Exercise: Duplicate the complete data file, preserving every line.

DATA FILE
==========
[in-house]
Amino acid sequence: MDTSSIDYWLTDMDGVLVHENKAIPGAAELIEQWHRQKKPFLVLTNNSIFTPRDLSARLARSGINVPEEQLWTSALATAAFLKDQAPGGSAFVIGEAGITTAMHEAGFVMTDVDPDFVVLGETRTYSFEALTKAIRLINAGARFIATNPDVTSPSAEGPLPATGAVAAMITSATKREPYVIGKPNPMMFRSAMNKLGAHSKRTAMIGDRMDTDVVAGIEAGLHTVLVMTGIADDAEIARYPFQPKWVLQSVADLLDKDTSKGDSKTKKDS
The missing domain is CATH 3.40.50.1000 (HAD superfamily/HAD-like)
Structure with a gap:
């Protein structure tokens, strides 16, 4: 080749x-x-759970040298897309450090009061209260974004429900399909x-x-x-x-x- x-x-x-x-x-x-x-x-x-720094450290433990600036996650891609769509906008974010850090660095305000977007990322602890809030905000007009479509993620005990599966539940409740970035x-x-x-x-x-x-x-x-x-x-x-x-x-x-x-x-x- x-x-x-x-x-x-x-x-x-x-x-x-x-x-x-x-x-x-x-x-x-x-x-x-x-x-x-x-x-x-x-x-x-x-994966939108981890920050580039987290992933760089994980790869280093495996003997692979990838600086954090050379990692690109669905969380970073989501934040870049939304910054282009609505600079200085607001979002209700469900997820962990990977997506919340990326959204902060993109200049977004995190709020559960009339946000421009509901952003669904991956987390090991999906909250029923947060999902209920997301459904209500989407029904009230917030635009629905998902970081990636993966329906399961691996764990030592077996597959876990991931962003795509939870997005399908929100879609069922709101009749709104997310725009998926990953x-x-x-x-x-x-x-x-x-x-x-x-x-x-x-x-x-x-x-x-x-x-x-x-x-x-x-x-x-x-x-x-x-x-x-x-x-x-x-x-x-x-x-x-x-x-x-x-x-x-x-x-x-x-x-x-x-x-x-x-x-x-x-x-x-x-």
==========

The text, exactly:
[in-house]
Amino acid sequence: MDTSSIDYWLTDMDGVLVHENKAIPGAAELIEQWHRQKKPFLVLTNNSIFTPRDLSARLARSGINVPEEQLWTSALATAAFLKDQAPGGSAFVIGEAGITTAMHEAGFVMTDVDPDFVVLGETRTYSFEALTKAIRLINAGARFIATNPDVTSPSAEGPLPATGAVAAMITSATKREPYVIGKPNPMMFRSAMNKLGAHSKRTAMIGDRMDTDVVAGIEAGLHTVLVMTGIADDAEIARYPFQPKWVLQSVADLLDKDTSKGDSKTKKDS
The missing domain is CATH 3.40.50.1000 (HAD superfamily/HAD-like)
Structure with a gap:
């Protein structure tokens, strides 16, 4: 080749x-x-759970040298897309450090009061209260974004429900399909x-x-x-x-x- x-x-x-x-x-x-x-x-x-720094450290433990600036996650891609769509906008974010850090660095305000977007990322602890809030905000007009479509993620005990599966539940409740970035x-x-x-x-x-x-x-x-x-x-x-x-x-x-x-x-x- x-x-x-x-x-x-x-x-x-x-x-x-x-x-x-x-x-x-x-x-x-x-x-x-x-x-x-x-x-x-x-x-x-x-994966939108981890920050580039987290992933760089994980790869280093495996003997692979990838600086954090050379990692690109669905969380970073989501934040870049939304910054282009609505600079200085607001979002209700469900997820962990990977997506919340990326959204902060993109200049977004995190709020559960009339946000421009509901952003669904991956987390090991999906909250029923947060999902209920997301459904209500989407029904009230917030635009629905998902970081990636993966329906399961691996764990030592077996597959876990991931962003795509939870997005399908929100879609069922709101009749709104997310725009998926990953x-x-x-x-x-x-x-x-x-x-x-x-x-x-x-x-x-x-x-x-x-x-x-x-x-x-x-x-x-x-x-x-x-x-x-x-x-x-x-x-x-x-x-x-x-x-x-x-x-x-x-x-x-x-x-x-x-x-x-x-x-x-x-x-x-x-």